Due to the time required to transport the sample to the laboratory, run the analysis, and report the data to the project manager, and for the project manager to react to the report, a holding time as brief as seven days would almost always be exceeded. Typically, project managers would not ask for samples to be rerun outside holding times, as the data would not be defensible. It would be preferable to have more samples collected to ensure defensible results.

Who collected the samples that were split, Clinton Landfill's lab or Illinois EPA personnel? I am hoping it would be the IEPA that would have actually drawn, stored and transported the samples to reduce the chances that there was a false negative result associated with the same types of errors that are discussed earlier as an explanation for the false positive results.

Almost all of Clinton Landfill #3’s wells have positive-displacement (“bladder”) pumps installed in them. Bladder pumps are one of the few recommended means for collecting samples from groundwater monitoring wells for chemical analysis, especially when volatile organic compounds are constituents of concern.

In addition to the pump that is installed in the well, operation requires a source of compressed gas (air or nitrogen) and a control box to adjust flow rate. The Illinois EPA does not have such equipment and it is possible that controllers and pumps from different manufacturers are not intercompatible.

Removal of a pump from a monitoring well is not without risk. Removal could damage the pump or the well itself, and once out of the well the pump requires special handling and storage to prevent it from becoming contaminated.

Due to these factors, it was necessary for PDC to utilize and operate their dedicated pumps to produce groundwater from the wells. Based on accepted groundwater sampling methodology, it was determined that PDC was producing groundwater at an appropriate flow rate for sampling. The Illinois EPA then used its own bottles, collected groundwater from the pump discharge, and transported the samples to its own laboratory to be analyzed by Illinois EPA chemists. PDC technicians also collected their own sample portion and analyzed it in their own laboratory, since was their routine sampling event for 2nd quarter 2014. A comparison of Illinois EPA and PDC results is posted on the Illinois EPA’s Clinton Landfill portal.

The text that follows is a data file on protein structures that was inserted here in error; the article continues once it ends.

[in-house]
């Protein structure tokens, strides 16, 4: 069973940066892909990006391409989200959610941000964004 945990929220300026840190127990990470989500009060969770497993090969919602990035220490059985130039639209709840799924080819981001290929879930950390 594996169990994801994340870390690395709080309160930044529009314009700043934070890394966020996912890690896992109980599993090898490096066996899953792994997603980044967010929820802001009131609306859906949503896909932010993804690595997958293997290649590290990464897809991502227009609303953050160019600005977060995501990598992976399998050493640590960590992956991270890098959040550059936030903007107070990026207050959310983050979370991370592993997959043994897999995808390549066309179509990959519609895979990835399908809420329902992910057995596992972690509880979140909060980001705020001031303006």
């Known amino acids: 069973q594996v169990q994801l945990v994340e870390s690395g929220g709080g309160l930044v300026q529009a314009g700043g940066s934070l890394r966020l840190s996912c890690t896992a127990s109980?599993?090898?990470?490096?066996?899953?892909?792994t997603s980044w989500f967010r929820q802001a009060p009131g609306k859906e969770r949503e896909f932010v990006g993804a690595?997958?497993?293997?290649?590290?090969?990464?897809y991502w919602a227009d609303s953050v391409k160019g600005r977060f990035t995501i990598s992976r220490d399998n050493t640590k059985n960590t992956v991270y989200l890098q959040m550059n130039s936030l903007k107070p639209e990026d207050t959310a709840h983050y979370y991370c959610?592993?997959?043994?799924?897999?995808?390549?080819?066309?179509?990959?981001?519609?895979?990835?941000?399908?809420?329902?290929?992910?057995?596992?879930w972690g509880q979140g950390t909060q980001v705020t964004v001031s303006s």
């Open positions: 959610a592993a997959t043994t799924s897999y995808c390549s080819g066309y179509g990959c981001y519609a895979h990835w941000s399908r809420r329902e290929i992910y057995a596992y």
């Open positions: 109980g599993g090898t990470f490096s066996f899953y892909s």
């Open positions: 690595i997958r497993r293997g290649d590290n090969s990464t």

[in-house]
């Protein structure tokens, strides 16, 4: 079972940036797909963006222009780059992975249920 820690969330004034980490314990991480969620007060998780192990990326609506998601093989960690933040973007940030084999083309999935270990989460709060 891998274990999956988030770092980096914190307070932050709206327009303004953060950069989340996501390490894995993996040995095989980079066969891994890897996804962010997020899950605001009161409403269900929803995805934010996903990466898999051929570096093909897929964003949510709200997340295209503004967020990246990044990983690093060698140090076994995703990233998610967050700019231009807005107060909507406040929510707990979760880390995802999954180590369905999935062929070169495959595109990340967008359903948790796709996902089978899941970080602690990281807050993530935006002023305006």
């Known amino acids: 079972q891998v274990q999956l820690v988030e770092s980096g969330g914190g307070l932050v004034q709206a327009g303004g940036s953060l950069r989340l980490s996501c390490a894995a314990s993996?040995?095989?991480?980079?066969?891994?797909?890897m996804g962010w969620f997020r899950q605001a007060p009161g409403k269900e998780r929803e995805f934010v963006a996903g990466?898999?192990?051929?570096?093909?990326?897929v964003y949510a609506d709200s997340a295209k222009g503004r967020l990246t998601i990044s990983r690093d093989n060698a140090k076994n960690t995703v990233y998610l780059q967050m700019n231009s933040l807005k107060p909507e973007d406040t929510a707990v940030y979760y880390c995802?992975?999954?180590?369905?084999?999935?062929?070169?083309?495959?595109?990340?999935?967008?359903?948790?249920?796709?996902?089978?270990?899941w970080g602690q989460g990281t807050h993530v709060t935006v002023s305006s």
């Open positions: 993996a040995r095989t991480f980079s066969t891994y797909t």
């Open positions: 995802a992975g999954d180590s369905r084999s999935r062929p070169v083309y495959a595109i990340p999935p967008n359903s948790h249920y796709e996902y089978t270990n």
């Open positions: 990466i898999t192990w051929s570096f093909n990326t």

Is this because it would be extremely unlikely that the substances of concern could have migrated out of the well or could have been diluted to a point of no detection between the time of the 2nd quarter sampling and the time of the 4th quarter sampling? Is it not possible the conflicting results are the result of the extent of the release of those substances rather than the result of an erroneous reading or contaminated sample?

A release of contaminants from a landfill into groundwater would be the result of a hole in the landfill liner allowing leachate to migrate into the groundwater. Once there is a hole, it is more likely to remain open, thereby allowing a continuous release of leachate, than to heal itself or close and reopen intermittently. Even if there were a temporary hole and temporary release of leachate, groundwater flow rates are generally so low that elevated concentrations of constituents would be expected to remain in an impacted well for a number of sampling events prior to dissipating below analytical detection limits.